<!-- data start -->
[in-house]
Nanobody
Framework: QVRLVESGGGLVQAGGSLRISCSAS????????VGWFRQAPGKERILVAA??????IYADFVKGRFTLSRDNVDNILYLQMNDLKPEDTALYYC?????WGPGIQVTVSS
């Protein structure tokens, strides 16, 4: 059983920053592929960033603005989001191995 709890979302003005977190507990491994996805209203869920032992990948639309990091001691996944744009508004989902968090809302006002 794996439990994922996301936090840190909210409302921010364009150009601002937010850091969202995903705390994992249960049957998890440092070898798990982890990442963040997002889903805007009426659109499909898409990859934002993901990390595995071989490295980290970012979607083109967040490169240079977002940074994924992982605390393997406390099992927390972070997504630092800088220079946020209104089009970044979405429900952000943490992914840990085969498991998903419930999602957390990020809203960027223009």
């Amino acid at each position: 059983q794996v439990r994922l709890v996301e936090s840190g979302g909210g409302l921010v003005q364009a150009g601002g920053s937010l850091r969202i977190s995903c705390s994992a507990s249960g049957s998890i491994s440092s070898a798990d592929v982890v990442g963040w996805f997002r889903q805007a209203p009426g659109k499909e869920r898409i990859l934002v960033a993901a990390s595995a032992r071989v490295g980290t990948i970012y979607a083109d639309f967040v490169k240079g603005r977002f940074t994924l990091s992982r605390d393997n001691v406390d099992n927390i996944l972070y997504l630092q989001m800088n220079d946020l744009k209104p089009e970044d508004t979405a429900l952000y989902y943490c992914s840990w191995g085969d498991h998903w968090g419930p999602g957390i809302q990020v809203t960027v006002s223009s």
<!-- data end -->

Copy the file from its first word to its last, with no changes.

[in-house]
Nanobody
Framework: QVRLVESGGGLVQAGGSLRISCSAS????????VGWFRQAPGKERILVAA??????IYADFVKGRFTLSRDNVDNILYLQMNDLKPEDTALYYC?????WGPGIQVTVSS
């Protein structure tokens, strides 16, 4: 059983920053592929960033603005989001191995 709890979302003005977190507990491994996805209203869920032992990948639309990091001691996944744009508004989902968090809302006002 794996439990994922996301936090840190909210409302921010364009150009601002937010850091969202995903705390994992249960049957998890440092070898798990982890990442963040997002889903805007009426659109499909898409990859934002993901990390595995071989490295980290970012979607083109967040490169240079977002940074994924992982605390393997406390099992927390972070997504630092800088220079946020209104089009970044979405429900952000943490992914840990085969498991998903419930999602957390990020809203960027223009």
């Amino acid at each position: 059983q794996v439990r994922l709890v996301e936090s840190g979302g909210g409302l921010v003005q364009a150009g601002g920053s937010l850091r969202i977190s995903c705390s994992a507990s249960g049957s998890i491994s440092s070898a798990d592929v982890v990442g963040w996805f997002r889903q805007a209203p009426g659109k499909e869920r898409i990859l934002v960033a993901a990390s595995a032992r071989v490295g980290t990948i970012y979607a083109d639309f967040v490169k240079g603005r977002f940074t994924l990091s992982r605390d393997n001691v406390d099992n927390i996944l972070y997504l630092q989001m800088n220079d946020l744009k209104p089009e970044d508004t979405a429900l952000y989902y943490c992914s840990w191995g085969d498991h998903w968090g419930p999602g957390i809302q990020v809203t960027v006002s223009s």